Data at the State and Federal Levels

Data is getting more attention now than ever before because of the technology and capabilities we now have to collect and analyze it. When I was working for DPI in the early 1980s, there were only two kinds of computers that were used for analyzing data: a huge mainframe or a large desk top computer system. When I was at CTB/McGraw-Hill, we each had a “mobile” computer which we called a “luggable,” which was as big as a sewing machine, to work with data. Later, when I returned to DPI as the head of statewide testing and accountability, we were using laptop computers. The technology changed tremendously over a relatively short amount of time and made it much easier to make use of data.

A large part of my work at DPI involved oversight of the statewide testing and accountability systems, working with members of the state legislature and state board of education, and meeting the requirements of the No Child Left Behind (NCLB)/ESEA. As part of the creation of the federal NCLB regulations on standards and assessments, I was selected as the only state test director to serve on the U.S. Department of Education’s negotiated rulemaking committee, which involved working with the Department’s staff and attorneys to develop the regulations. It was a fascinating experience and involved the policy skills I had begun developing at the beginning of my career at Head Start and in EPFP. In my current role, as Director of Data, Research, and Federal Policy, I continue to build and use those skills every day.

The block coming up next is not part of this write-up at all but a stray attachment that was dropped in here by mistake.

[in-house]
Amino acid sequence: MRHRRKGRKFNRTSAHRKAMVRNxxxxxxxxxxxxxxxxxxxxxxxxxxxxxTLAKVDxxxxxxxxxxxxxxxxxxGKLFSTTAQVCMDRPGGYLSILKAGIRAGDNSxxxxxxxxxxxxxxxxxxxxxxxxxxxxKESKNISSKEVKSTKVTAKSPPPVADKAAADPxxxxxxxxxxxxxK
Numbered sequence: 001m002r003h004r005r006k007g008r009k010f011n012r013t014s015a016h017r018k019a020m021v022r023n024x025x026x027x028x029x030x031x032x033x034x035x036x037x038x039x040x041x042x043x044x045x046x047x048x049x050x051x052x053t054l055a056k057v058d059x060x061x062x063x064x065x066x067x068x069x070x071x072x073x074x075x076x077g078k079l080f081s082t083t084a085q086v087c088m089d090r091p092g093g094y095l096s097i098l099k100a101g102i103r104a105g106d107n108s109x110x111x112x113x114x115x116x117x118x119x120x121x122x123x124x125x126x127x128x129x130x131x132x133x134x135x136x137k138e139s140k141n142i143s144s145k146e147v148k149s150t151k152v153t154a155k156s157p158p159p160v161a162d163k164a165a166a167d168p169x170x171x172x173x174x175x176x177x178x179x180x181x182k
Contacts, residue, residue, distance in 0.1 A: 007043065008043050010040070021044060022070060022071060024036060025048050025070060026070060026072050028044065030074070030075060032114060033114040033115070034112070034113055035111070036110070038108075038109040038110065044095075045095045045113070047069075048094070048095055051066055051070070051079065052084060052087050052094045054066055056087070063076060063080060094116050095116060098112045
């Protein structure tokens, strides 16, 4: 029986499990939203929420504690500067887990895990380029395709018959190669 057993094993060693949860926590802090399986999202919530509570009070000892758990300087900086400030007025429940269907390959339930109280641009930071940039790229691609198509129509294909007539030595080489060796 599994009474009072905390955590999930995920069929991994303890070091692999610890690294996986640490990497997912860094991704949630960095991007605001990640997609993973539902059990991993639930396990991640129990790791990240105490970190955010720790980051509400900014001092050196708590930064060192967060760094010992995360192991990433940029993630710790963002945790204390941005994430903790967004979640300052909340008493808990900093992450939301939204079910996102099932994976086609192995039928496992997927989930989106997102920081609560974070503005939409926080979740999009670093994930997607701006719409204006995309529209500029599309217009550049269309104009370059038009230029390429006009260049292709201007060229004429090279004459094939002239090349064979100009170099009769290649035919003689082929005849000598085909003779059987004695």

Leading Across Boundaries

Throughout my career, I’ve interacted with different types of people but also those who work at different levels—from local to state to federal. I always try to be respectful of other people; I don’t find that being antagonistic pays off, and if it does, it’s only a short-term victory.

Something I’ve learned throughout my career is that communication is key. Having ground rules for communication and being willing to listen to other people’s perspectives is important, even if you don’t necessarily agree. I always felt that people should have access to all of the information that they need, but I quickly learned that, at the state level, there wasn’t always good communication among people and departments. In my work, I’ve always tried to go as in depth as I can on a topic during meetings and be open and willing to share the information I have to offer. Communication has the ability to make a big difference and bring people together.

Leadership Lessons Learned

One lesson I learned early in my career was how to delegate. I would often feel like I had to do everything, and when I found myself unable to be as effective as I wanted to be, I started realizing that I had staff who could help me. Delegation makes a huge difference; a team works better when its members can have input on the collective work.

Another leadership lesson I’ve learned is to listen to others before jumping into the conversation. When working on my master’s degree at North Carolina State University, the dean of the school of education, Dr. Carl Dolce, taught me, among other things, that it’s much better to listen to others talk and get the lay of the land before saying what you think. The process of listening before jumping in has been a real benefit to me over my career.